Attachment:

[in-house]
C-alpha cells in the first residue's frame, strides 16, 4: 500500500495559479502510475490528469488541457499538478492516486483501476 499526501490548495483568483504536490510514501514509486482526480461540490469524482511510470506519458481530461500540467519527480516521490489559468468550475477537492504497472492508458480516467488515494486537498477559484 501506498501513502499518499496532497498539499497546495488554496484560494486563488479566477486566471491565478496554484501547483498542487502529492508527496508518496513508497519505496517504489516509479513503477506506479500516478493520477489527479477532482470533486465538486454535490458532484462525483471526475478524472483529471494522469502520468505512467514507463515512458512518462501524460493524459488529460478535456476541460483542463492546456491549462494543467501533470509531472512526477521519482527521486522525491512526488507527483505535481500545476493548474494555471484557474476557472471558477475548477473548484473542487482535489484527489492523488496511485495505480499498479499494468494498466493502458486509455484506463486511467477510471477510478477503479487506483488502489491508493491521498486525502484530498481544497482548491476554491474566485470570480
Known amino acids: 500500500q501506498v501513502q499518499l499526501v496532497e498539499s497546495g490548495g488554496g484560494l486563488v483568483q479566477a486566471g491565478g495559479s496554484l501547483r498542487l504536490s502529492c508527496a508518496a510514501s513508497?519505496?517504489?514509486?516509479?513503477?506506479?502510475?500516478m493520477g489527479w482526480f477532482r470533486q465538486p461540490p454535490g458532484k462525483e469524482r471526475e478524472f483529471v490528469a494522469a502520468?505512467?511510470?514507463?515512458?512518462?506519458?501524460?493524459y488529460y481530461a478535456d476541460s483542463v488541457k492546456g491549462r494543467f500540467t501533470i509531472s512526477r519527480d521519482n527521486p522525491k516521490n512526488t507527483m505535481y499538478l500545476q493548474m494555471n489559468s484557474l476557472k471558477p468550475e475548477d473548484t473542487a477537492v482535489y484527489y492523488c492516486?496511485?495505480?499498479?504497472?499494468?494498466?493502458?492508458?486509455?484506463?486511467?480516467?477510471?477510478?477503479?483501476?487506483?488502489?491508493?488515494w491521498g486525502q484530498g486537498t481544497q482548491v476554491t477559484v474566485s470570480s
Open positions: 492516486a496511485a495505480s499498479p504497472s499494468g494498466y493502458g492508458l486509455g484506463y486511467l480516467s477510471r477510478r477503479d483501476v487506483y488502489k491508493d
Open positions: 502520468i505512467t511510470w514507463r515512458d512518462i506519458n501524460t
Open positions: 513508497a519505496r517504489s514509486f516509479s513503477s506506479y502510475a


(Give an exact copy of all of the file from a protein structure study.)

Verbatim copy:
[in-house]
C-alpha cells in the first residue's frame, strides 16, 4: 500500500495559479502510475490528469488541457499538478492516486483501476 499526501490548495483568483504536490510514501514509486482526480461540490469524482511510470506519458481530461500540467519527480516521490489559468468550475477537492504497472492508458480516467488515494486537498477559484 501506498501513502499518499496532497498539499497546495488554496484560494486563488479566477486566471491565478496554484501547483498542487502529492508527496508518496513508497519505496517504489516509479513503477506506479500516478493520477489527479477532482470533486465538486454535490458532484462525483471526475478524472483529471494522469502520468505512467514507463515512458512518462501524460493524459488529460478535456476541460483542463492546456491549462494543467501533470509531472512526477521519482527521486522525491512526488507527483505535481500545476493548474494555471484557474476557472471558477475548477473548484473542487482535489484527489492523488496511485495505480499498479499494468494498466493502458486509455484506463486511467477510471477510478477503479487506483488502489491508493491521498486525502484530498481544497482548491476554491474566485470570480
Known amino acids: 500500500q501506498v501513502q499518499l499526501v496532497e498539499s497546495g490548495g488554496g484560494l486563488v483568483q479566477a486566471g491565478g495559479s496554484l501547483r498542487l504536490s502529492c508527496a508518496a510514501s513508497?519505496?517504489?514509486?516509479?513503477?506506479?502510475?500516478m493520477g489527479w482526480f477532482r470533486q465538486p461540490p454535490g458532484k462525483e469524482r471526475e478524472f483529471v490528469a494522469a502520468?505512467?511510470?514507463?515512458?512518462?506519458?501524460?493524459y488529460y481530461a478535456d476541460s483542463v488541457k492546456g491549462r494543467f500540467t501533470i509531472s512526477r519527480d521519482n527521486p522525491k516521490n512526488t507527483m505535481y499538478l500545476q493548474m494555471n489559468s484557474l476557472k471558477p468550475e475548477d473548484t473542487a477537492v482535489y484527489y492523488c492516486?496511485?495505480?499498479?504497472?499494468?494498466?493502458?492508458?486509455?484506463?486511467?480516467?477510471?477510478?477503479?483501476?487506483?488502489?491508493?488515494w491521498g486525502q484530498g486537498t481544497q482548491v476554491t477559484v474566485s470570480s
Open positions: 492516486a496511485a495505480s499498479p504497472s499494468g494498466y493502458g492508458l486509455g484506463y486511467l480516467s477510471r477510478r477503479d483501476v487506483y488502489k491508493d
Open positions: 502520468i505512467t511510470w514507463r515512458d512518462i506519458n501524460t
Open positions: 513508497a519505496r517504489s514509486f516509479s513503477s506506479y502510475a